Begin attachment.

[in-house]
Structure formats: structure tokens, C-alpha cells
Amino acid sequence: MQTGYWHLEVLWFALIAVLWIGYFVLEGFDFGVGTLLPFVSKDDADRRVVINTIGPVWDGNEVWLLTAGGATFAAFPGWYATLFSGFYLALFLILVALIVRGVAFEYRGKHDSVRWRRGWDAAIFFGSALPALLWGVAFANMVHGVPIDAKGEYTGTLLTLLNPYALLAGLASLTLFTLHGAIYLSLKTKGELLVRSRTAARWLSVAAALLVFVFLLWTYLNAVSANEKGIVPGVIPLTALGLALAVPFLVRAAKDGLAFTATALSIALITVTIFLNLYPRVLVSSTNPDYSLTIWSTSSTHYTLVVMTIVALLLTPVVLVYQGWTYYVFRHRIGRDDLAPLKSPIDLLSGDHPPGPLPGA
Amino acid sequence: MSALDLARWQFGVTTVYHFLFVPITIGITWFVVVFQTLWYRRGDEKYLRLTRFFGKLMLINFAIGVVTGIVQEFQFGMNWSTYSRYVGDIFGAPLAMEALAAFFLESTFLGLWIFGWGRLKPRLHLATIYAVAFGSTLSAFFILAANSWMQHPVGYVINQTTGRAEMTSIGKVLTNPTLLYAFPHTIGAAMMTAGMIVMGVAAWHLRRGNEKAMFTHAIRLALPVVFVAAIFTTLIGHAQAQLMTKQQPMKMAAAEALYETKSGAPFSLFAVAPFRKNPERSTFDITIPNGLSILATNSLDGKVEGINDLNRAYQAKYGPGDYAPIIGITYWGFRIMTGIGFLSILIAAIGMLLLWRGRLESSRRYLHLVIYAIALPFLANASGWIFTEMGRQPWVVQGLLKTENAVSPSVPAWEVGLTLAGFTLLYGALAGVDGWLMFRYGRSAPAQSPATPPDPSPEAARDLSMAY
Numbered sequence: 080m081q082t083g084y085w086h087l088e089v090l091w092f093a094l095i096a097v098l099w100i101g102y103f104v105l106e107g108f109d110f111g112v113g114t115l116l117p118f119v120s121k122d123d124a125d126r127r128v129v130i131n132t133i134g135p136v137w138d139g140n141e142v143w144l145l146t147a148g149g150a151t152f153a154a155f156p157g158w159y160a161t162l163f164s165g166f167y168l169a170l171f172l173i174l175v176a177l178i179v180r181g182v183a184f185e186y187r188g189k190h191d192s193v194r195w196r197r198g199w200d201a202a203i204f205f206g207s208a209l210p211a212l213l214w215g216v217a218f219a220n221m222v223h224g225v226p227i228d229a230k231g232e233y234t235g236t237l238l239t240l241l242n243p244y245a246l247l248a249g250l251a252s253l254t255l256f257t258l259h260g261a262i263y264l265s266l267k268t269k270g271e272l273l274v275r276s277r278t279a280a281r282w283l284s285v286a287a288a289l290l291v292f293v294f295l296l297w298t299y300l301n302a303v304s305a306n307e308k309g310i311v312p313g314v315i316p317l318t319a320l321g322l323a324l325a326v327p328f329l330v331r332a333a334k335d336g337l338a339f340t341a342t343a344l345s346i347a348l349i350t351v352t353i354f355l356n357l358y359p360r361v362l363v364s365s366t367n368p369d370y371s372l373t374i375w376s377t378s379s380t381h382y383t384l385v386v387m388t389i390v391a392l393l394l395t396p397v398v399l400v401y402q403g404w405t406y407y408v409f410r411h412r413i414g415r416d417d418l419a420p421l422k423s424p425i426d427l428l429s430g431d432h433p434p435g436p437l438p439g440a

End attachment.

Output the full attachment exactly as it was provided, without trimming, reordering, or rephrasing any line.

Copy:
[in-house]
Structure formats: structure tokens, C-alpha cells
Amino acid sequence: MQTGYWHLEVLWFALIAVLWIGYFVLEGFDFGVGTLLPFVSKDDADRRVVINTIGPVWDGNEVWLLTAGGATFAAFPGWYATLFSGFYLALFLILVALIVRGVAFEYRGKHDSVRWRRGWDAAIFFGSALPALLWGVAFANMVHGVPIDAKGEYTGTLLTLLNPYALLAGLASLTLFTLHGAIYLSLKTKGELLVRSRTAARWLSVAAALLVFVFLLWTYLNAVSANEKGIVPGVIPLTALGLALAVPFLVRAAKDGLAFTATALSIALITVTIFLNLYPRVLVSSTNPDYSLTIWSTSSTHYTLVVMTIVALLLTPVVLVYQGWTYYVFRHRIGRDDLAPLKSPIDLLSGDHPPGPLPGA
Amino acid sequence: MSALDLARWQFGVTTVYHFLFVPITIGITWFVVVFQTLWYRRGDEKYLRLTRFFGKLMLINFAIGVVTGIVQEFQFGMNWSTYSRYVGDIFGAPLAMEALAAFFLESTFLGLWIFGWGRLKPRLHLATIYAVAFGSTLSAFFILAANSWMQHPVGYVINQTTGRAEMTSIGKVLTNPTLLYAFPHTIGAAMMTAGMIVMGVAAWHLRRGNEKAMFTHAIRLALPVVFVAAIFTTLIGHAQAQLMTKQQPMKMAAAEALYETKSGAPFSLFAVAPFRKNPERSTFDITIPNGLSILATNSLDGKVEGINDLNRAYQAKYGPGDYAPIIGITYWGFRIMTGIGFLSILIAAIGMLLLWRGRLESSRRYLHLVIYAIALPFLANASGWIFTEMGRQPWVVQGLLKTENAVSPSVPAWEVGLTLAGFTLLYGALAGVDGWLMFRYGRSAPAQSPATPPDPSPEAARDLSMAY
Numbered sequence: 080m081q082t083g084y085w086h087l088e089v090l091w092f093a094l095i096a097v098l099w100i101g102y103f104v105l106e107g108f109d110f111g112v113g114t115l116l117p118f119v120s121k122d123d124a125d126r127r128v129v130i131n132t133i134g135p136v137w138d139g140n141e142v143w144l145l146t147a148g149g150a151t152f153a154a155f156p157g158w159y160a161t162l163f164s165g166f167y168l169a170l171f172l173i174l175v176a177l178i179v180r181g182v183a184f185e186y187r188g189k190h191d192s193v194r195w196r197r198g199w200d201a202a203i204f205f206g207s208a209l210p211a212l213l214w215g216v217a218f219a220n221m222v223h224g225v226p227i228d229a230k231g232e233y234t235g236t237l238l239t240l241l242n243p244y245a246l247l248a249g250l251a252s253l254t255l256f257t258l259h260g261a262i263y264l265s266l267k268t269k270g271e272l273l274v275r276s277r278t279a280a281r282w283l284s285v286a287a288a289l290l291v292f293v294f295l296l297w298t299y300l301n302a303v304s305a306n307e308k309g310i311v312p313g314v315i316p317l318t319a320l321g322l323a324l325a326v327p328f329l330v331r332a333a334k335d336g337l338a339f340t341a342t343a344l345s346i347a348l349i350t351v352t353i354f355l356n357l358y359p360r361v362l363v364s365s366t367n368p369d370y371s372l373t374i375w376s377t378s379s380t381h382y383t384l385v386v387m388t389i390v391a392l393l394l395t396p397v398v399l400v401y402q403g404w405t406y407y408v409f410r411h412r413i414g415r416d417d418l419a420p421l422k423s424p425i426d427l428l429s430g431d432h433p434p435g436p437l438p439g440a